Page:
UWW-TV adviser receives press award

Kettle Moraine Press Association honors Jim Mead


UWW-TV adviser Jim Mead adds closed captioning to a video clip for the hearing impaired.

Katie Childs, Assistant News Editor

The Kettle Moraine Press Association (KEMPA) honored 15-year adviser and director of UW-Whitewater Television station Jim Mead with the Friend of KEMPA award at the 2020 fall conference. The award was bestowed upon Mead for his continued service to the organization.

“It’s a big honor. It’s very touching, but I just do my job,” he said. “I look forward to bringing those high school kids back to the fall conference on an annual basis. I’ve been doing it for years, and I’ll keep doing it until they say I can’t anymore.”

A UW-W faculty member since 2006, Mead became involved with KEMPA 13 years ago. The organization supports scholastic journalism in Wisconsin and Illinois schools. The annual fall conference brings nearly 1,000 high school students to UW-Whitewater for workshops, speakers and activities each year. Mead’s dedication to the conference, and to the students who take part, made him a contender for the award.

“The Friend of KEMPA award honors and recognizes people and organizations who have contributed extraordinary time and effort to KEMPA or its member publications,” said Executive Director Linda Barrington. “We’re happy to give the award to Jim Mead this year for his valuable contributions.”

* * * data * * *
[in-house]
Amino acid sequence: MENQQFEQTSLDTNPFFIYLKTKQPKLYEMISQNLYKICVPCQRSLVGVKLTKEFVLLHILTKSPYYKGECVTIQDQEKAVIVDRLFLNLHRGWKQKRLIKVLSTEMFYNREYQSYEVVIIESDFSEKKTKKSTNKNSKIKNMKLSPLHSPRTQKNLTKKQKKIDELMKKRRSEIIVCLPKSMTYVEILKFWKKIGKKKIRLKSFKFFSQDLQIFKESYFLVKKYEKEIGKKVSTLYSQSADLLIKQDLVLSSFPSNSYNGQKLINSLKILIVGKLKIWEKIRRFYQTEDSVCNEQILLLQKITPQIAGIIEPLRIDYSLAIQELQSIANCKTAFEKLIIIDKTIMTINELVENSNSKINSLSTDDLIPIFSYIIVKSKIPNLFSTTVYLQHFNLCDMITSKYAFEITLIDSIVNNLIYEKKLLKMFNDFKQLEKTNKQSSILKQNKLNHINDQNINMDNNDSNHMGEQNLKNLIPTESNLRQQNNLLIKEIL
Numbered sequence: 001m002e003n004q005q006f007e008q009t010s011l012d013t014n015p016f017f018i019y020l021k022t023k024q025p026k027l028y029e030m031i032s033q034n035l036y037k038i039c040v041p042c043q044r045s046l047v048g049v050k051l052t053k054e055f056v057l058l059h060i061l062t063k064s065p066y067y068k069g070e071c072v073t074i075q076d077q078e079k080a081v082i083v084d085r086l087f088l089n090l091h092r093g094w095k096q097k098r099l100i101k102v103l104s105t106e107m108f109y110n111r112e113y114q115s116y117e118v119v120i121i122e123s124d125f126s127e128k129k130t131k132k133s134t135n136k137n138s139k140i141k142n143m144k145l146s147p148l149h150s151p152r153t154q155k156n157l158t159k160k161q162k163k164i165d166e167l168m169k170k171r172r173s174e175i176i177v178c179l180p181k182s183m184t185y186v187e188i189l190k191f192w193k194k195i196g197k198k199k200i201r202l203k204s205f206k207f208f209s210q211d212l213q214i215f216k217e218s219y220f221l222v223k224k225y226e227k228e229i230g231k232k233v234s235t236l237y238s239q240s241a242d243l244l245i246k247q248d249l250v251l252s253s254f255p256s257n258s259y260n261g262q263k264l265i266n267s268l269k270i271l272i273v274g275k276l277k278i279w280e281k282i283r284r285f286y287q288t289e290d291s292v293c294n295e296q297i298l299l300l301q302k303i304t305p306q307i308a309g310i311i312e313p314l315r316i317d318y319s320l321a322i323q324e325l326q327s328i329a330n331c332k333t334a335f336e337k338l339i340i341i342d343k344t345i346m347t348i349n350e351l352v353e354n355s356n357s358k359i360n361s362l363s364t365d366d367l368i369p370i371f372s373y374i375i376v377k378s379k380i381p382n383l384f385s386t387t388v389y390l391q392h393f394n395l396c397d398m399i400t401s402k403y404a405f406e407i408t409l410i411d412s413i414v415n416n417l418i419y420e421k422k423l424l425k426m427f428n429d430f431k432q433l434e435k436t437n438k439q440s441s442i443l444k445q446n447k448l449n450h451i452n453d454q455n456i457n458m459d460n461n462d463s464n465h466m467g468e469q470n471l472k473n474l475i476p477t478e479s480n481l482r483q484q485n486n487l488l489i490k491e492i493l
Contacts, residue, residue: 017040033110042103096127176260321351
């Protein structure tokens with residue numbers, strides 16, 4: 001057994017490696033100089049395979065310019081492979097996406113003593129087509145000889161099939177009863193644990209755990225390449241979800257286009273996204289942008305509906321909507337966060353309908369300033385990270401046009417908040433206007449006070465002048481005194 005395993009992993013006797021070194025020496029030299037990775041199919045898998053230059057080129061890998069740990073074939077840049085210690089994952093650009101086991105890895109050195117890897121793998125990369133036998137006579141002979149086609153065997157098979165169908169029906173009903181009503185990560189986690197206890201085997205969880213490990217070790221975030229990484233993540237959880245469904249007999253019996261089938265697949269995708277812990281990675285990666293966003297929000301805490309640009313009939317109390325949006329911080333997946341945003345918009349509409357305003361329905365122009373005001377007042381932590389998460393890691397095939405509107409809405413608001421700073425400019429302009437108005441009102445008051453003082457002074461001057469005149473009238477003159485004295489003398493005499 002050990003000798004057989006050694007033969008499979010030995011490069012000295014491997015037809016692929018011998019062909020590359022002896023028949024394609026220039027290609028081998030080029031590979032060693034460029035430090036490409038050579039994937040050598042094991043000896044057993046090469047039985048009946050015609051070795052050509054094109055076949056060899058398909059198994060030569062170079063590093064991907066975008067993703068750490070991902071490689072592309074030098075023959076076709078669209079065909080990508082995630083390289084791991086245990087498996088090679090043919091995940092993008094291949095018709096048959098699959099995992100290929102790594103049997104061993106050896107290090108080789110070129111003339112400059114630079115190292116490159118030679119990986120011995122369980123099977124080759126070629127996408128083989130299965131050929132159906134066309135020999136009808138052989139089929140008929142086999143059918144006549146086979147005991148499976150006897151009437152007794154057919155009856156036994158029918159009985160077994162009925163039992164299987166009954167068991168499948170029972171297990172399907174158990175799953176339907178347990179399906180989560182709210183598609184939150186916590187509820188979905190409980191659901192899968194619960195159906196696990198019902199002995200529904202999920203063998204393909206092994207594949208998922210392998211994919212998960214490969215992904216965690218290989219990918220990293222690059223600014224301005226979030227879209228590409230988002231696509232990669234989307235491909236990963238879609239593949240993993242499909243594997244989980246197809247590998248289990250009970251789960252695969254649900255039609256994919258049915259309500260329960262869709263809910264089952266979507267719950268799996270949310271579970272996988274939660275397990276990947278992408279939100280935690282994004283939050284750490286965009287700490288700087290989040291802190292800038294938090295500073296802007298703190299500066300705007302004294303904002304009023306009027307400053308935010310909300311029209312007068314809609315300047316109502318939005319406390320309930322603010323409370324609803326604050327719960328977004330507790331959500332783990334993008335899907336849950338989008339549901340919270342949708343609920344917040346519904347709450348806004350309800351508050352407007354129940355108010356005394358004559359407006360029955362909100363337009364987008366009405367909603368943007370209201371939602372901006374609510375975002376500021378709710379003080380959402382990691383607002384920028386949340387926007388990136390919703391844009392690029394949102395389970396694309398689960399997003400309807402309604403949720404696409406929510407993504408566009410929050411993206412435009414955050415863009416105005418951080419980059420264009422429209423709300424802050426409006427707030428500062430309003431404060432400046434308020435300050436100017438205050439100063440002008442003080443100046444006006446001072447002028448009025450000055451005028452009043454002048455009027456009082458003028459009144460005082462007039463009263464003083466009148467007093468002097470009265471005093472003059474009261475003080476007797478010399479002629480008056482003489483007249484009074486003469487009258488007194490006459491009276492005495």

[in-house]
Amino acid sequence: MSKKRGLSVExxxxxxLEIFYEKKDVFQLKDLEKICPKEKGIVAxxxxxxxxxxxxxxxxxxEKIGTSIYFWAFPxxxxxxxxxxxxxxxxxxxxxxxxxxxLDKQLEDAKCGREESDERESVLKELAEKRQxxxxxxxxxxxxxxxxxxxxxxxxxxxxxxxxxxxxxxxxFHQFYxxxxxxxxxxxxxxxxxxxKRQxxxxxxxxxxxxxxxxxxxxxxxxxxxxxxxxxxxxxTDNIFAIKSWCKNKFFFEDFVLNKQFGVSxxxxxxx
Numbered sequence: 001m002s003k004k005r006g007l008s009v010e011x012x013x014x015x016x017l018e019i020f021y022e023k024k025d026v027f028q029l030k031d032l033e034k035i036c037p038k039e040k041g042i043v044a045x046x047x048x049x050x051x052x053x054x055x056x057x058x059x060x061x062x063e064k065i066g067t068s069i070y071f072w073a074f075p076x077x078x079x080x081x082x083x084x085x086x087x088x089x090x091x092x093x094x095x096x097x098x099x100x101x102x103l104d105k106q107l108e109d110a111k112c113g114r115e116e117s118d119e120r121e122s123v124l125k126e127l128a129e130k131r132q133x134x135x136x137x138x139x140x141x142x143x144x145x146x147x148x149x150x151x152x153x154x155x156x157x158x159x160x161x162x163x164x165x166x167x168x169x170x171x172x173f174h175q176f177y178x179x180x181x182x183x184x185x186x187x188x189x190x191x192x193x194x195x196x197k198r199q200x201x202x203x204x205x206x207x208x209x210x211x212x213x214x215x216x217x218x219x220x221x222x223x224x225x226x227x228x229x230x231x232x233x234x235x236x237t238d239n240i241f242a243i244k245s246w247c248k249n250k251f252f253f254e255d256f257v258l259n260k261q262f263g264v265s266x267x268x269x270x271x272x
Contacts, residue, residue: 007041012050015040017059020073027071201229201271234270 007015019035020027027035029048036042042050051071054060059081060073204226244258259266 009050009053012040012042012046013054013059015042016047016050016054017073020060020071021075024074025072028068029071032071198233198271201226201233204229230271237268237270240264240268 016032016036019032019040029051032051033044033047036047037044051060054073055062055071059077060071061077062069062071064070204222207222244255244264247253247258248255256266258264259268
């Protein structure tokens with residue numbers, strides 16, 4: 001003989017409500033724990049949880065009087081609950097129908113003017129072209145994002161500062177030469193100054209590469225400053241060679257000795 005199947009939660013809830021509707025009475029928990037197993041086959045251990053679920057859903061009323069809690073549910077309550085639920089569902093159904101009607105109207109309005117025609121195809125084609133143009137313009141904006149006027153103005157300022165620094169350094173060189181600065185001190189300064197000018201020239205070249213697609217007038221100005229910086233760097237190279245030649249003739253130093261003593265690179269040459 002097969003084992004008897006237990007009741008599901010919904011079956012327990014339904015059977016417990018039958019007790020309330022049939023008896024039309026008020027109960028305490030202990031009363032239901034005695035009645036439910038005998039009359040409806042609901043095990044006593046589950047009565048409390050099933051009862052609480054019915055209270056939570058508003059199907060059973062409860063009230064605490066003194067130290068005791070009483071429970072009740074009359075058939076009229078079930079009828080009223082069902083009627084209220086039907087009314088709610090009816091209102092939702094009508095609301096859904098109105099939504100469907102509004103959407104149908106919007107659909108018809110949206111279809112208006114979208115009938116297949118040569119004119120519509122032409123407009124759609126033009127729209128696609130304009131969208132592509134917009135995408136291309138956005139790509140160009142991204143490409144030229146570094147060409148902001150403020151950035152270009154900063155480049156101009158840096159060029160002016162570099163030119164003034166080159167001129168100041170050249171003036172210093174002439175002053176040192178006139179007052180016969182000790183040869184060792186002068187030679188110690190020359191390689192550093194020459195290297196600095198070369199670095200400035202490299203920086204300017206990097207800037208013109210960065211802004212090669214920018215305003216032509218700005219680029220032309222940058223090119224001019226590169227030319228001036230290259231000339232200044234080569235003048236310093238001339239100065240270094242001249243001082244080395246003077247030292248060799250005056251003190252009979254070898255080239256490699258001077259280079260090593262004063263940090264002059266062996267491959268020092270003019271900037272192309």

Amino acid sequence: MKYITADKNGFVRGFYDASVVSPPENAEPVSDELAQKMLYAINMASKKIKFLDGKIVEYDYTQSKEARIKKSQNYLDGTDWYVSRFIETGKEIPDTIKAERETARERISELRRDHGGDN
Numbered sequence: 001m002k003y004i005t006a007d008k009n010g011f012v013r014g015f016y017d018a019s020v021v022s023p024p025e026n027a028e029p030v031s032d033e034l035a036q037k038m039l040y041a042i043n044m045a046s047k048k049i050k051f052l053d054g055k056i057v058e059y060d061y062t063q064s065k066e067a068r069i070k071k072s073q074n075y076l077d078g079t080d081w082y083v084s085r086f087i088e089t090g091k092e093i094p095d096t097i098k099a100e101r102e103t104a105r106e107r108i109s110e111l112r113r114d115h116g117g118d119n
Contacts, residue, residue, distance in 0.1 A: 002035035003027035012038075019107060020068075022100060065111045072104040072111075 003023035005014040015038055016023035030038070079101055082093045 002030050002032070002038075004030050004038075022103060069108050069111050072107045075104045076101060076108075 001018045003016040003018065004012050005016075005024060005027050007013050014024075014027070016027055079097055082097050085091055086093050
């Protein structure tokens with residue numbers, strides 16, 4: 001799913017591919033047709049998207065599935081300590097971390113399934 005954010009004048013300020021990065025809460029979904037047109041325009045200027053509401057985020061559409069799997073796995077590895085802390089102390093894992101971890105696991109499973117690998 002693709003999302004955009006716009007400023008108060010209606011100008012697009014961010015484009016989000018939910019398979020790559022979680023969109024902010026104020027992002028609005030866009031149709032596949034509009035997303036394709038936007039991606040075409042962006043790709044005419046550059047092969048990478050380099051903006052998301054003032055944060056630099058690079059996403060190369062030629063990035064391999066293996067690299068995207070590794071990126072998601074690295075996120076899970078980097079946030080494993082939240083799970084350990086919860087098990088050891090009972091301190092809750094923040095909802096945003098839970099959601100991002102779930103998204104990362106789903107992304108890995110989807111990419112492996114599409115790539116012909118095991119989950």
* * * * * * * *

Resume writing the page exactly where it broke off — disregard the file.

Mead implemented some important changes during his years as a conference speaker to highlight student media at the college level, showing how high schoolers can continue their press careers in academia. Mead recruited UWW-TV staff members to become mentors for the conference attendees. The idea was to increase student-to-student learning and create a comradery among them at different levels in education, as well as in different forms of media work. 

This year Mead doubled the duration of his presentations at the conferences, creating more time for students to get hands-on experience with the media equipment. His segment was titled “The Show Must Go On,” referencing the state of uncertainty in the media industry during the pandemic, and highlighting the necessity to continue pushing through. Mead picked this theme with hopes that the presentation and conference would maintain their impact despite the lack of hands-on experience the attendees would receive this year with it not being held in-person. 

“This award highlights how dedicated he is to students at all levels of learning,” said KEMPA board member Keith Zukas. “Providing these workshops each year is a really valuable contribution to the association.”

KEMPA supports both students and advisers through conferences, workshops, competitions and scholarships. The KEMPA Fall Conference offers high school students and their advisers a choice of over 60 informational sessions about issues and trends in today’s professional and scholastic media environments. The annual Winter Adviser Seminar provides an engaging professional development seminar that gives advisers a refresher on media topics, as well as an opportunity to keep in touch with other advisers.

The KEMPA Summer Kamp offers a four-day journalism workshop for high school students and advisers from across the region. Attendees get hands on, one-on-one training with award winning advisers and media professionals. This year the camp is returning to UW-Whitewater with the theme “Back In Action” from July 18-21. For more information about the Kettle Moraine Press Association visit kempajournalism.org.